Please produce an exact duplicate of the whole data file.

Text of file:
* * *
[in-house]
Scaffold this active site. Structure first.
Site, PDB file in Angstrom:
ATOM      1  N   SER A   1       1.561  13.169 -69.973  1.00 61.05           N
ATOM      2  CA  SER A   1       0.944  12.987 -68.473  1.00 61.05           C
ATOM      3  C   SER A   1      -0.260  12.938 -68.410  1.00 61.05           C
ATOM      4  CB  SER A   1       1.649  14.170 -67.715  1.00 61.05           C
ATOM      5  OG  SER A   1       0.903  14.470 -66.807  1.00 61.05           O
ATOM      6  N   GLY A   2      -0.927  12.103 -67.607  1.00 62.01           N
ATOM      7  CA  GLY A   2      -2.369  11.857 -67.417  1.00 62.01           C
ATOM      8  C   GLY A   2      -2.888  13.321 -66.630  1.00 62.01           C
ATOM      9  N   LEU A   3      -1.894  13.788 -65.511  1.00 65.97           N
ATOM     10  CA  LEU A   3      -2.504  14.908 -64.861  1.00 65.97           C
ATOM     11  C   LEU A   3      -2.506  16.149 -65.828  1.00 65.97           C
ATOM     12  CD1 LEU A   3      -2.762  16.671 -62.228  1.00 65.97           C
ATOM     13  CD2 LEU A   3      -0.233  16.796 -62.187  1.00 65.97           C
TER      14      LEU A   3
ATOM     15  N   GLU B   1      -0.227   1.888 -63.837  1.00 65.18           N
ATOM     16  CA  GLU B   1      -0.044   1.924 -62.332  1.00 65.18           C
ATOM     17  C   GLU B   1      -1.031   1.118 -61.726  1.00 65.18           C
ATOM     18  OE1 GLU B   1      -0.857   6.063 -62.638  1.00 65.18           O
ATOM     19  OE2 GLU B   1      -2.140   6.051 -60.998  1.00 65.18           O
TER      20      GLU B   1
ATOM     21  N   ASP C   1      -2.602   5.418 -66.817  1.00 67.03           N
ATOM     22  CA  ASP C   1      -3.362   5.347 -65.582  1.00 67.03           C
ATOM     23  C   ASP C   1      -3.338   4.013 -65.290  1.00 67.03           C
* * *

[in-house]
Scaffold this active site. Structure first.
Site, PDB file in Angstrom:
ATOM      1  N   SER A   1       1.561  13.169 -69.973  1.00 61.05           N
ATOM      2  CA  SER A   1       0.944  12.987 -68.473  1.00 61.05           C
ATOM      3  C   SER A   1      -0.260  12.938 -68.410  1.00 61.05           C
ATOM      4  CB  SER A   1       1.649  14.170 -67.715  1.00 61.05           C
ATOM      5  OG  SER A   1       0.903  14.470 -66.807  1.00 61.05           O
ATOM      6  N   GLY A   2      -0.927  12.103 -67.607  1.00 62.01           N
ATOM      7  CA  GLY A   2      -2.369  11.857 -67.417  1.00 62.01           C
ATOM      8  C   GLY A   2      -2.888  13.321 -66.630  1.00 62.01           C
ATOM      9  N   LEU A   3      -1.894  13.788 -65.511  1.00 65.97           N
ATOM     10  CA  LEU A   3      -2.504  14.908 -64.861  1.00 65.97           C
ATOM     11  C   LEU A   3      -2.506  16.149 -65.828  1.00 65.97           C
ATOM     12  CD1 LEU A   3      -2.762  16.671 -62.228  1.00 65.97           C
ATOM     13  CD2 LEU A   3      -0.233  16.796 -62.187  1.00 65.97           C
TER      14      LEU A   3
ATOM     15  N   GLU B   1      -0.227   1.888 -63.837  1.00 65.18           N
ATOM     16  CA  GLU B   1      -0.044   1.924 -62.332  1.00 65.18           C
ATOM     17  C   GLU B   1      -1.031   1.118 -61.726  1.00 65.18           C
ATOM     18  OE1 GLU B   1      -0.857   6.063 -62.638  1.00 65.18           O
ATOM     19  OE2 GLU B   1      -2.140   6.051 -60.998  1.00 65.18           O
TER      20      GLU B   1
ATOM     21  N   ASP C   1      -2.602   5.418 -66.817  1.00 67.03           N
ATOM     22  CA  ASP C   1      -3.362   5.347 -65.582  1.00 67.03           C
ATOM     23  C   ASP C   1      -3.338   4.013 -65.290  1.00 67.03           C